How taking an anti-inflammatory drug after a trauma may prevent PTSD
Striking new research proposes taking a common anti-inflammatory drug soon after experiencing a traumatic event could help people forget upsetting memories and reduce their risk of developing post-traumatic stress disorder (PTSD).
"Persistent distressing, involuntary or 'intrusive' memories are a core feature of PTSD," explained lead author on the new study Vanessa Hennessy. "Unlike other psychological disorders, the onset of PTSD caused by a single trauma can reliably be traced back to the occurrence of a specific, often life-threatening event that generates long-lasting intrusive memories."
So researchers have long looked for ways to block that immediate traumatic memory formation that can often lead to PTSD. Several drugs have been proposed as potential useful candidates, from an old antibiotic called doxycycline to a frequently used anesthetic called propofol.
This new research focused on a common anti-inflammatory drug called hydrocortisone. The drug is essentially a synthetic form of the stress hormone cortisol and is often used as an immunosuppressive agent in autoimmune disease.
Prior studies have found many PTSD patients seem to display low baseline cortisol levels. So it has been hypothesized that low cortisol levels could hinder a person's ability to return to their average physiological state following a traumatic event and administering a drug such as hydrocortisone to someone soon after a trauma may help them forget that event faster.
To test this hypothesis a research team from University College London recruited 120 healthy adults. The cohort was shown two clips of extreme violence from a French film called Irreversible. Prior studies have established scenes from this movie can reliably induce distressing intrusive memories following viewing.
Immediately after viewing the film half the cohort was given either 30 mg of hydrocortisone or a placebo. And following some blood tests the participants then filled out daily surveys for the next week, recording the vividness of any subsequent intrusive memory.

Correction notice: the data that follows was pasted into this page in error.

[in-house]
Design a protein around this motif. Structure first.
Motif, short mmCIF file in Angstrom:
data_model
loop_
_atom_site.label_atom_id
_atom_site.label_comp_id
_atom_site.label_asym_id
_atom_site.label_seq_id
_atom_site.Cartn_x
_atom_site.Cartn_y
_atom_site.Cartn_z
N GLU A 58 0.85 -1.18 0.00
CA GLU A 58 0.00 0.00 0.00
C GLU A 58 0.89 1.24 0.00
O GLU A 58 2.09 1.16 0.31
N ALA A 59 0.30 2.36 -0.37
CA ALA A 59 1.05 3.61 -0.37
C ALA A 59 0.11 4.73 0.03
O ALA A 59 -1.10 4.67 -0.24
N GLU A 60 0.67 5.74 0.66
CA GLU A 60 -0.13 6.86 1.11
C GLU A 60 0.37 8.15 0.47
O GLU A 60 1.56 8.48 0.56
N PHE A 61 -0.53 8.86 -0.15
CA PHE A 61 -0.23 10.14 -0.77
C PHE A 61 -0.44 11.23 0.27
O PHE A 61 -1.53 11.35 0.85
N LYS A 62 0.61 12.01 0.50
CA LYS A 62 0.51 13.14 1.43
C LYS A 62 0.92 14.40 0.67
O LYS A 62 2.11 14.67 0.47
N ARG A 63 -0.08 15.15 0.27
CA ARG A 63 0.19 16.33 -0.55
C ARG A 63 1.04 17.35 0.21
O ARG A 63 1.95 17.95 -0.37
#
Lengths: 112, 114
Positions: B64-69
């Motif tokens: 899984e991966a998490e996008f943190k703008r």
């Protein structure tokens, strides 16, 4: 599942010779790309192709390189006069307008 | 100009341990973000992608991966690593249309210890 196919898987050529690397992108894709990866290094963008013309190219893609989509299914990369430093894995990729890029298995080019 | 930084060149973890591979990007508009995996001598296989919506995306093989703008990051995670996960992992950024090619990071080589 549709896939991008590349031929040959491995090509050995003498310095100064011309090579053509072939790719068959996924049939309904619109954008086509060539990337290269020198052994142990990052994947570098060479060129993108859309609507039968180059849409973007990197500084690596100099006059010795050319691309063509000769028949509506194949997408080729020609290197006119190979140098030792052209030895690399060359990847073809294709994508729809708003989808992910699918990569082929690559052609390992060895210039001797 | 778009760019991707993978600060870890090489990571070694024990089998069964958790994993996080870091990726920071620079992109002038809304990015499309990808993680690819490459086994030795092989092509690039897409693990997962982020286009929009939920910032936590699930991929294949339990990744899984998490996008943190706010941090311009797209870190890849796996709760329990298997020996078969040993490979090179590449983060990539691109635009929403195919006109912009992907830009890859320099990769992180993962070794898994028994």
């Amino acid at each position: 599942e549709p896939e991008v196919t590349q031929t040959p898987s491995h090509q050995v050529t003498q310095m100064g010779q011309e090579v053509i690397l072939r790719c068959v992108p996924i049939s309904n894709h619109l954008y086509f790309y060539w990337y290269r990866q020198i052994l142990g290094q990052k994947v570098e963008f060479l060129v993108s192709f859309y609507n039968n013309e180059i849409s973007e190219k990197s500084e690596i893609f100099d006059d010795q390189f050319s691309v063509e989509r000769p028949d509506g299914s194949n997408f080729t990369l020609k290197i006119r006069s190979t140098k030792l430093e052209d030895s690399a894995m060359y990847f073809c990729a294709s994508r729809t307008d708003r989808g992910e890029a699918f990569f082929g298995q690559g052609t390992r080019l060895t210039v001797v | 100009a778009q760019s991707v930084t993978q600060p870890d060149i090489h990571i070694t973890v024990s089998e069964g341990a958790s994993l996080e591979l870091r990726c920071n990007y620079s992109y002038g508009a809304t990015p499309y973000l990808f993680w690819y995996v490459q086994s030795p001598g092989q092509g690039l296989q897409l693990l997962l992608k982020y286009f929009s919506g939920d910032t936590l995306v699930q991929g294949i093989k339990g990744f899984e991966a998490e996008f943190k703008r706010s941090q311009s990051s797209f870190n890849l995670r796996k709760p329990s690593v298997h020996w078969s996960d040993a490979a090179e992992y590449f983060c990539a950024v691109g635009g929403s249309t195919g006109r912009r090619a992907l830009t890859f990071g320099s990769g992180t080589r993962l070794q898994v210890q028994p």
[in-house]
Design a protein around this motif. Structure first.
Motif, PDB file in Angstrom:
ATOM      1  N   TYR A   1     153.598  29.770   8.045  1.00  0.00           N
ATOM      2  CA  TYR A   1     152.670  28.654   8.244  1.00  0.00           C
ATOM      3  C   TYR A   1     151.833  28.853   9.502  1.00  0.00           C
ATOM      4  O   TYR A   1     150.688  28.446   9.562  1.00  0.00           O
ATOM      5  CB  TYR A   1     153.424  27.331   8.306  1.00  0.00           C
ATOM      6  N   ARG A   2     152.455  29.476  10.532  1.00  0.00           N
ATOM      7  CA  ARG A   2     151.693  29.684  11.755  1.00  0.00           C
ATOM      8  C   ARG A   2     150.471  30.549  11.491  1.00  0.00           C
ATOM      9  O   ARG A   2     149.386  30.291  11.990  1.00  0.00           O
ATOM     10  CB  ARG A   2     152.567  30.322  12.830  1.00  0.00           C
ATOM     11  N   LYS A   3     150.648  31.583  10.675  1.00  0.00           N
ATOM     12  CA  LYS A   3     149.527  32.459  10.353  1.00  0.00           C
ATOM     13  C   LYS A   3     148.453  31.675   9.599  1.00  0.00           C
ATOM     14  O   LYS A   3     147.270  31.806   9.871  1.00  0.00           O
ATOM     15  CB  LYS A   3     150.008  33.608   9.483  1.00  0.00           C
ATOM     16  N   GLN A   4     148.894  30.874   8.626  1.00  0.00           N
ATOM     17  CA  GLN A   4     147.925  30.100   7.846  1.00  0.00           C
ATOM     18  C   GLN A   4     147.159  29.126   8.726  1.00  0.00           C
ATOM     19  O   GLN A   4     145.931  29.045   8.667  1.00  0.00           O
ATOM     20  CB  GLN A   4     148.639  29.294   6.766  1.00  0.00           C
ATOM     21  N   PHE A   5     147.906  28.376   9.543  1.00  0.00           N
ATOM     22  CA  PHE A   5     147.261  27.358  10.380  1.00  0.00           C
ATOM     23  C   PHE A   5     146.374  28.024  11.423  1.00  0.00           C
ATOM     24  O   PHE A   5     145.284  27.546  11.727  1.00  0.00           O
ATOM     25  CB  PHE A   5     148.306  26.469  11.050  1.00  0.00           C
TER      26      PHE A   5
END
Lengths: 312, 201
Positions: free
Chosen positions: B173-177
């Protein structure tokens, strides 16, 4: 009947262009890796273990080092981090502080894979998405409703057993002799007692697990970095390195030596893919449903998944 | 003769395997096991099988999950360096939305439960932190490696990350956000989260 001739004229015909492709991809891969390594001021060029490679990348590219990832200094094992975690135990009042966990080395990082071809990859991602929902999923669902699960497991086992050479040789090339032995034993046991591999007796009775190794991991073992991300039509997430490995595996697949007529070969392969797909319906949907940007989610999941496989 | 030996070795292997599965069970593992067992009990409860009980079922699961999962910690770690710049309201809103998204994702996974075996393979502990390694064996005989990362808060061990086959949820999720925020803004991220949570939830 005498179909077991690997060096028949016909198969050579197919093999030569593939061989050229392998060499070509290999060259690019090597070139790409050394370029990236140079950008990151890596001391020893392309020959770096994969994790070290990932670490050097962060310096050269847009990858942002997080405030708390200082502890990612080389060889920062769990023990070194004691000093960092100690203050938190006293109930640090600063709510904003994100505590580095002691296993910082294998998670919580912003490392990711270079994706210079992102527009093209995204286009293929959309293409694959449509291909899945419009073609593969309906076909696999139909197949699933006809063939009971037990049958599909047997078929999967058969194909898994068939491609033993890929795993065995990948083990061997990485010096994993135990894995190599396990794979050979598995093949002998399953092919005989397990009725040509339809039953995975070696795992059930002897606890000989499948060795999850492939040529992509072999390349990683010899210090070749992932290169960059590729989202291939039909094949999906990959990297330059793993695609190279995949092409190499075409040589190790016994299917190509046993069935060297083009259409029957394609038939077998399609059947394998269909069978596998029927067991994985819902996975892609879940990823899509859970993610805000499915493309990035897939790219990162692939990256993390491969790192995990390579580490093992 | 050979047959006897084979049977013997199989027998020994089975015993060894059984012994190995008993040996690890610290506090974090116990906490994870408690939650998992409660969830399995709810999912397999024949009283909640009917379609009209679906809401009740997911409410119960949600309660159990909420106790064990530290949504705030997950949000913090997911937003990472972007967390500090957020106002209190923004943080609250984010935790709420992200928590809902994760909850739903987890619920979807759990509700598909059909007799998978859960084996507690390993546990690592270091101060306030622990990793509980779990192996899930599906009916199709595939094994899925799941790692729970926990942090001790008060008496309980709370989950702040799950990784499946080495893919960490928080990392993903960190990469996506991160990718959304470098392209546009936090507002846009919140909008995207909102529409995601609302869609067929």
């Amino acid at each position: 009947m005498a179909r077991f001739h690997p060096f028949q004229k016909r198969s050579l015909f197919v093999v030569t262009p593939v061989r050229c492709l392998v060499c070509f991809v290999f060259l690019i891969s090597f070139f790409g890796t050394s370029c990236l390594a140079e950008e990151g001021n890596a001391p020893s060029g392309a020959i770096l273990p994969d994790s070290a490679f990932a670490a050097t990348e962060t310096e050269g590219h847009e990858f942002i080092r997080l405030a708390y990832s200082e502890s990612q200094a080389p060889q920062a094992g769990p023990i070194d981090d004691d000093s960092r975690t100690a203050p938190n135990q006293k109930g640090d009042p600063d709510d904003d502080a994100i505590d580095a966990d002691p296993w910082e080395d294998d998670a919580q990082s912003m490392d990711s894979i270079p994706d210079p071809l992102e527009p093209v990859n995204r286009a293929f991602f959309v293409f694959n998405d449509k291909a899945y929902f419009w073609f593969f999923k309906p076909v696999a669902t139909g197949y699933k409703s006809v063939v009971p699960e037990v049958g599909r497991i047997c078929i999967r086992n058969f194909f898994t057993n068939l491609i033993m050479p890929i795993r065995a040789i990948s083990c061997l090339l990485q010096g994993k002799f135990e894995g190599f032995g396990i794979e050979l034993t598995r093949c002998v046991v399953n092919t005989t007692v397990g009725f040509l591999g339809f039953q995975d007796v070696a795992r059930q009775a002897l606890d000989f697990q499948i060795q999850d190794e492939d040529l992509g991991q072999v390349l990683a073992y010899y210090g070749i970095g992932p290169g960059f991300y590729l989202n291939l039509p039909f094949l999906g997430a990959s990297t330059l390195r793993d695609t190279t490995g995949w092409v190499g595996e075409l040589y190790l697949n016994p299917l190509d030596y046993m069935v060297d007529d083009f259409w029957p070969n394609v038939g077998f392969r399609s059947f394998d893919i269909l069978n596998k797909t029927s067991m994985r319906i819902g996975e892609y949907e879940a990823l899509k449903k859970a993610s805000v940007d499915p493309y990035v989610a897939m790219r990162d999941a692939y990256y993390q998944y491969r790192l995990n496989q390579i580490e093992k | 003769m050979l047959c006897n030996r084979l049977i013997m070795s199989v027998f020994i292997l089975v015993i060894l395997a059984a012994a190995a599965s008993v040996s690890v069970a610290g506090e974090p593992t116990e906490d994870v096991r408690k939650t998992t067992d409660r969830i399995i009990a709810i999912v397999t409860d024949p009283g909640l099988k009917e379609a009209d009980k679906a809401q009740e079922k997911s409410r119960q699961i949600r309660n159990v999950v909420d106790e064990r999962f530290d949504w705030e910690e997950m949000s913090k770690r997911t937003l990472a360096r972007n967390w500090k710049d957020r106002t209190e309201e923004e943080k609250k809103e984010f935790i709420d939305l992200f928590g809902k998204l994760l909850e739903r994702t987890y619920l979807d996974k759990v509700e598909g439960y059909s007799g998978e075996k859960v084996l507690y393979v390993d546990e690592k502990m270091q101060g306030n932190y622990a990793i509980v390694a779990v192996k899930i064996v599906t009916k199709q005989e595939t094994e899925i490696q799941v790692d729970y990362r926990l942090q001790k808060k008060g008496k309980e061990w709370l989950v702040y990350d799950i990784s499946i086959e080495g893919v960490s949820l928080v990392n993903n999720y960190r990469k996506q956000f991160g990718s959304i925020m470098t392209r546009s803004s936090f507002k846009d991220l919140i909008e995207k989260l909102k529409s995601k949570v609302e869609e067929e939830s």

Overall, those in the hydrocortisone group reported fewer intrusive traumatic memories over the course of the following week. However, the researchers found significant sex-based differences in responses, particularly in regards to each subject's sex hormone levels.
Men with high levels of estrogen seem to respond most positively to the memory-erasing effects of hydrocortisone. However, women with high levels of estrogen showed the opposite effect, with hydrocortisone actually increasing their reports of intrusive memories.
"Our work shows how important it is to do careful experiments with healthy people to work out whether and how a drug like hydrocortisone could work," said Hennessy. "After all, our results seem to show that there might be conditions that make the drug harmful in some people."
The researchers are not blind to the many caveats that accompany a study such as this. It is, of course, impossible to ethically investigate whether an intervention blocks real-life trauma memories. You couldn't literally traumatize a group of trial participants and then give half a placebo. So using videos is one technique to try and safely model traumatic events, but it is entirely possible these studies are not analogous to real-life trauma.
The researchers also can only speculate as to how hydrocortisone could affect the development of traumatic memories. Plus it is even more of a mystery how sex hormones could influence intrusive memories and future work will certainly have to investigate whether certain hormonal profiles could be more suitable for these kinds of cortisol-based treatments.
The new study was published in the journal Translational Psychiatry.
Source: University College London
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